By Ryan Bukowiecki (@ryanbski)
The Chicago Bears are officially highway robbers after committing the crime in a 16-14 win over Denver and much like the proverbial down-and-out person stealing bread for their family, there’s a good chance the team will commit the sin again to make things better at home.
After a quick run back to Chicago for practice this week, the Bears will once again be on the road this week in Washington for a Monday Night Football spotlight game.
Talk of town centers around how something is still not quite right with the Bears offense. Hope is the main ingredient for positivity around quarterback Mitchell Trubisky, hope that his miraculous 4th-and-15 play to keep the team alive in Denver will spark better things for him ahead.
It sets up nicely for the Bears as they go up against a team that has yielded a lot of points to the opposing offenses they have played.
One of the few positives on offense from last week was a newfound commitment to the run and hopefully that becomes a staple. Having an extra day to prepare after a feel good win should get the Bears ready to take advantage of a lesser opponent in Washington.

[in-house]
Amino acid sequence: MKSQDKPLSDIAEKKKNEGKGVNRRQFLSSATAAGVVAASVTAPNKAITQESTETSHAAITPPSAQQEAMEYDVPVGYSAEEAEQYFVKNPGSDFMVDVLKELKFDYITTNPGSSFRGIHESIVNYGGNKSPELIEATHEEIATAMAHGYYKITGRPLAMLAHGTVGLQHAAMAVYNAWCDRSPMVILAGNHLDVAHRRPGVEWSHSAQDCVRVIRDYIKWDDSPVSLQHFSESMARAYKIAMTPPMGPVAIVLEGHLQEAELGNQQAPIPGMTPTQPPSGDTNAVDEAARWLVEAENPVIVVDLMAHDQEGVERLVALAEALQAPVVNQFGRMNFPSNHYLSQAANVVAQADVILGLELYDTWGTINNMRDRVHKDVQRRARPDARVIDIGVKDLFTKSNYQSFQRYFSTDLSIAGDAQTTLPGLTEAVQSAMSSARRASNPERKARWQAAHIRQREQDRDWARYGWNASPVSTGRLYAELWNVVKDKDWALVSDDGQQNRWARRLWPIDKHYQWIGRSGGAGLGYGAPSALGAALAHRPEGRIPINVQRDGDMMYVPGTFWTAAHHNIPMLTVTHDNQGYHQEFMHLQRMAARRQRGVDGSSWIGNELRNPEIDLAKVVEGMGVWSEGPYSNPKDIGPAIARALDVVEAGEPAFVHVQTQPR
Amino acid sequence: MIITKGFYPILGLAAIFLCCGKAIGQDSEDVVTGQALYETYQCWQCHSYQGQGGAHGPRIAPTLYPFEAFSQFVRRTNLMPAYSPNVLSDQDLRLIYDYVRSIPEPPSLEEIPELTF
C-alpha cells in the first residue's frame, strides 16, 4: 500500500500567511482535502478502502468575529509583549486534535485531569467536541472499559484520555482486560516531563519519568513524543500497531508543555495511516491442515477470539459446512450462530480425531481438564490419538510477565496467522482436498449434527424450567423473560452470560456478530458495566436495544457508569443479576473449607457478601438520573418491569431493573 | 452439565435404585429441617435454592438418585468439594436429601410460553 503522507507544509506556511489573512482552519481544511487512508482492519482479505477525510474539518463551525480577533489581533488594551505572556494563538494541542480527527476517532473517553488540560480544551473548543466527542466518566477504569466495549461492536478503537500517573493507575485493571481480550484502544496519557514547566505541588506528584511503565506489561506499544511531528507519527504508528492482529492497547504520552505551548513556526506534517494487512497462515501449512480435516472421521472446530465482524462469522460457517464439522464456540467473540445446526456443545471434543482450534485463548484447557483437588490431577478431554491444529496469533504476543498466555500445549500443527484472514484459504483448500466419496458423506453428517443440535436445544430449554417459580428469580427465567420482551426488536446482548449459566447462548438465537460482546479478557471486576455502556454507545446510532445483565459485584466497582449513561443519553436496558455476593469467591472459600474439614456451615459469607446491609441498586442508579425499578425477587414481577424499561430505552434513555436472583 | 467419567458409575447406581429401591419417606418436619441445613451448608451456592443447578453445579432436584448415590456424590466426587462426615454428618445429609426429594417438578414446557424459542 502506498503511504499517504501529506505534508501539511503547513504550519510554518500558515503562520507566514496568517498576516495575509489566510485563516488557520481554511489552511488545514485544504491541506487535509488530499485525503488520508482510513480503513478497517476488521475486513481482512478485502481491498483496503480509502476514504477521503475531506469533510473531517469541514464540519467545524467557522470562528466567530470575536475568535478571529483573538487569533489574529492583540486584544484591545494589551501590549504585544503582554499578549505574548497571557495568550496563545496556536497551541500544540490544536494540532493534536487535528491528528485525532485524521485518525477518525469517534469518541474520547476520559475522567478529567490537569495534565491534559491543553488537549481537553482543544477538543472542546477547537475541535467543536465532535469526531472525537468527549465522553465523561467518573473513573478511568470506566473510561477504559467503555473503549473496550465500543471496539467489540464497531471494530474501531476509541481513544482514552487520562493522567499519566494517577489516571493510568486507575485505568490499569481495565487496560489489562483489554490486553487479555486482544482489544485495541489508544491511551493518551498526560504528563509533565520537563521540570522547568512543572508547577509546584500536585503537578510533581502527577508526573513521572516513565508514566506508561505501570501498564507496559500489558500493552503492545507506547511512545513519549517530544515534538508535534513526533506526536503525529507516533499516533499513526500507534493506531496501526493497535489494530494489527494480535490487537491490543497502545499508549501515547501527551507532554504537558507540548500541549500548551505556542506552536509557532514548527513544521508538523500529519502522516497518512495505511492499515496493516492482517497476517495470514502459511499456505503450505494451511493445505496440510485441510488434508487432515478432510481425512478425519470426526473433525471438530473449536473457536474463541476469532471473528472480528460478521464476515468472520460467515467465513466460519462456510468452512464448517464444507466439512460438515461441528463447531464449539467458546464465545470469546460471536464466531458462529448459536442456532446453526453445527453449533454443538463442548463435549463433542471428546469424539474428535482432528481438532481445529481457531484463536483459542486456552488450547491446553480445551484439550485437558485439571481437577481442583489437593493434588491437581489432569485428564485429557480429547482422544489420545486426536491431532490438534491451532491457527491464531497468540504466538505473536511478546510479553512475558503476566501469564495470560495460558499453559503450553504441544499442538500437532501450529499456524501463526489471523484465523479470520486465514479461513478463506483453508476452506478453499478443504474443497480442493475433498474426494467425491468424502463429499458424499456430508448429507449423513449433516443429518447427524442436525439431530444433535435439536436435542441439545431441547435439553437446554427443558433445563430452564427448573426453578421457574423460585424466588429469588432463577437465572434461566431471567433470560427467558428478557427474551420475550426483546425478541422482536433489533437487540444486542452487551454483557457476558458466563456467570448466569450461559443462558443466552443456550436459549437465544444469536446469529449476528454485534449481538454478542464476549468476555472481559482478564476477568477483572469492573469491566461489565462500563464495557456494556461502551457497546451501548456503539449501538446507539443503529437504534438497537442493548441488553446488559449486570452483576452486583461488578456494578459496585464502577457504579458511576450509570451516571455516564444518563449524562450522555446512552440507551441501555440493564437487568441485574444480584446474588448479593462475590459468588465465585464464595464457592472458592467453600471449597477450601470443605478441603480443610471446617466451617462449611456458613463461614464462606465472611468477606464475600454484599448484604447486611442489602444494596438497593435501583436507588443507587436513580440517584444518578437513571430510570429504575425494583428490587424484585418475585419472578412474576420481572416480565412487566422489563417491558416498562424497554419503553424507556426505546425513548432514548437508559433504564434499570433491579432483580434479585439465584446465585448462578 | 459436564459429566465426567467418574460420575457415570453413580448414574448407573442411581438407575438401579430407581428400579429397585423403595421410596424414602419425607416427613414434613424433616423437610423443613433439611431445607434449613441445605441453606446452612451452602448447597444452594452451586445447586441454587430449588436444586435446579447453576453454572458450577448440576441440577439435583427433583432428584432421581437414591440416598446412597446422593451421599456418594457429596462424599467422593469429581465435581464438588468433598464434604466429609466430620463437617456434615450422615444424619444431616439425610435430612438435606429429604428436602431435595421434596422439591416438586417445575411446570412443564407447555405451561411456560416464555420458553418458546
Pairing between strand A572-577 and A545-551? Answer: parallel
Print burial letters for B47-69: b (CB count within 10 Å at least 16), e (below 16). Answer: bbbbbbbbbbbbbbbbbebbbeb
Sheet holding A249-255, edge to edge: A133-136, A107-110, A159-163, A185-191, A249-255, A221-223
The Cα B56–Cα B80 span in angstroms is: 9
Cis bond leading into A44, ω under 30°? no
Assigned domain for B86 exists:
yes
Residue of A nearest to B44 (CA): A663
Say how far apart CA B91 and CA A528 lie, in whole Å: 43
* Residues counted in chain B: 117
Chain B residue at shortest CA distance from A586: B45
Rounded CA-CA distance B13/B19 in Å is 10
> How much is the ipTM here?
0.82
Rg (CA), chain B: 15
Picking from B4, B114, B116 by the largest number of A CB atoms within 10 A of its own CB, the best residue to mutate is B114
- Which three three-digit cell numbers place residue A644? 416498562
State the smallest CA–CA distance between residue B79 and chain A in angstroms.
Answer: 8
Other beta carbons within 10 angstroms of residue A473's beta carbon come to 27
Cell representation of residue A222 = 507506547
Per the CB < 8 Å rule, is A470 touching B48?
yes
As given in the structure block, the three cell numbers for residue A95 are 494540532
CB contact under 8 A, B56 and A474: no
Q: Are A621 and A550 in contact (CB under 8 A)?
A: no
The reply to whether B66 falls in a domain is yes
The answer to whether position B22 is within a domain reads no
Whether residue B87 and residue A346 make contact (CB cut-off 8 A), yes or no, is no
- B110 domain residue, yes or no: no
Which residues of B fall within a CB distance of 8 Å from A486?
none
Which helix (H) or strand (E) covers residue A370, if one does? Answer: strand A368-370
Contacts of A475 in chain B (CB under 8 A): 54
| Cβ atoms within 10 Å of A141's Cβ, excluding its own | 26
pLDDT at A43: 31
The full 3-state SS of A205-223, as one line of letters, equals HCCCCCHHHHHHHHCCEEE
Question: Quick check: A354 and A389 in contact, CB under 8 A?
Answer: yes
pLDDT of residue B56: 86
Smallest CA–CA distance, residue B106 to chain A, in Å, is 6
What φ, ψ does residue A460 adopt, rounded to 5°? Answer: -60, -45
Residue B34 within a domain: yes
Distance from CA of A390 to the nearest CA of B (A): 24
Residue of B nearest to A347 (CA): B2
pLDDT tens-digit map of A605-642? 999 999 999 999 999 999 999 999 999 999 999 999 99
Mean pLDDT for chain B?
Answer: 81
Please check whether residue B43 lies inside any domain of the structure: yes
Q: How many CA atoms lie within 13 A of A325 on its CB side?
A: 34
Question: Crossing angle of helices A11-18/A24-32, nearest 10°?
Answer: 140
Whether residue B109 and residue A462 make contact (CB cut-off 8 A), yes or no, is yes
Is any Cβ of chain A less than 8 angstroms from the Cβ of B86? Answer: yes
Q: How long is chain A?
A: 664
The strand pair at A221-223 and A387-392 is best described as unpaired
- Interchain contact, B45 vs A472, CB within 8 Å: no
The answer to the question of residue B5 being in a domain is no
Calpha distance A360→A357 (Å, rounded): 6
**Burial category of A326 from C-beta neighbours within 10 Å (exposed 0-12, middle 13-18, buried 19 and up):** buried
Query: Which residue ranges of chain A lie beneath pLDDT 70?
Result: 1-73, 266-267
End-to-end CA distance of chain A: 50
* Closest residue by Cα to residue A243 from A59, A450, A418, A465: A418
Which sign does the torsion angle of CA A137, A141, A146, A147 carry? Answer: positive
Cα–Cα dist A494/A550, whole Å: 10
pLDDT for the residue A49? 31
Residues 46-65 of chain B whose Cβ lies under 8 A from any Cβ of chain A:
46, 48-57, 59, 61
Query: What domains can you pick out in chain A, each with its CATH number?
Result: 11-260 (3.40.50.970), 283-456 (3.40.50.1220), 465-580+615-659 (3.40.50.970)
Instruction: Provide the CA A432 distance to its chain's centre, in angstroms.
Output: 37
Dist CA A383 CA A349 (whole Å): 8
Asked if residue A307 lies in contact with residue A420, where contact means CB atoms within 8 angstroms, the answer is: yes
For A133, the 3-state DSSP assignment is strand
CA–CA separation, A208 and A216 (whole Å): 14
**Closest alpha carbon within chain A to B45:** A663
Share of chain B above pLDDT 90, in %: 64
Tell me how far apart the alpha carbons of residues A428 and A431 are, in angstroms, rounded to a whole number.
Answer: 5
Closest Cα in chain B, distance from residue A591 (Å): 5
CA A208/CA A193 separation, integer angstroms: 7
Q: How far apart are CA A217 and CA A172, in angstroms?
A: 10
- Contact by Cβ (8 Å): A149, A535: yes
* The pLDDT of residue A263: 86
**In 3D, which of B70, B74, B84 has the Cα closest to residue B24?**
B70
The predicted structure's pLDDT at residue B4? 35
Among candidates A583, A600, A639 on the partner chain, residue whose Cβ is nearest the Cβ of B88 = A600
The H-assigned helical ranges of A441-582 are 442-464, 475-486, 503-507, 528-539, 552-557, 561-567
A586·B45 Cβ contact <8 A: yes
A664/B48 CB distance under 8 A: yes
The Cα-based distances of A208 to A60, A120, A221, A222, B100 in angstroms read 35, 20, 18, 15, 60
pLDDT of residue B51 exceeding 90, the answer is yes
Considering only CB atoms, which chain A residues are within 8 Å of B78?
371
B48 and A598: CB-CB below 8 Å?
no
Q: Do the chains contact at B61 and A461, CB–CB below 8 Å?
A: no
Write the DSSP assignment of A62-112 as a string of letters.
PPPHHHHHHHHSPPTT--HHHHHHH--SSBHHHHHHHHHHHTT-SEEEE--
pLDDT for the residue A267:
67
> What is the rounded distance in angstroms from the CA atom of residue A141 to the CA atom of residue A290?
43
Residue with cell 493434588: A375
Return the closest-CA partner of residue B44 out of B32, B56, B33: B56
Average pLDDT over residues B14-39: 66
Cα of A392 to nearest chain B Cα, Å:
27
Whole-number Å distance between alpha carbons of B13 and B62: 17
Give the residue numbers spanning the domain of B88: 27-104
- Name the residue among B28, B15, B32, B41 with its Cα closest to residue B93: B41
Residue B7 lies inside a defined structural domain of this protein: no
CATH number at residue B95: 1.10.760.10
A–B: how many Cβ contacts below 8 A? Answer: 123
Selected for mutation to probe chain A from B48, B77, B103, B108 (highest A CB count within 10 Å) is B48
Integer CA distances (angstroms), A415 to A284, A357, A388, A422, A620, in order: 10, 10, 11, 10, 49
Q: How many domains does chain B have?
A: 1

The road of the regular season is paved with some really tough opponents for the Bears, they need to take advantage of the easier teams. Here are the keys for the Bears to get their second win on the young season.
Reborn Identity — A perplexing aspect of this season so far has been the ineptitude of the offense. Love Trubisky or hate him, most people felt the offense would be able to score more than one touchdown in two games. Perhaps its some rust or that the Packers and Broncos have good defenses or a host of other factors.
Whatever the case may be, the Bears have to find an identity on offense and specifically within the passing game. They can’t abandon or ignore the run but this is a passing offense. At the moment they have nothing in the form of a “go-to” other than throwing to wide receiver Allen Robinson on the sideline. No spacing type plays for running back Tarik Cohen or wide receivers Taylor Gabriel and Anthony Miller to use their speed in the open field.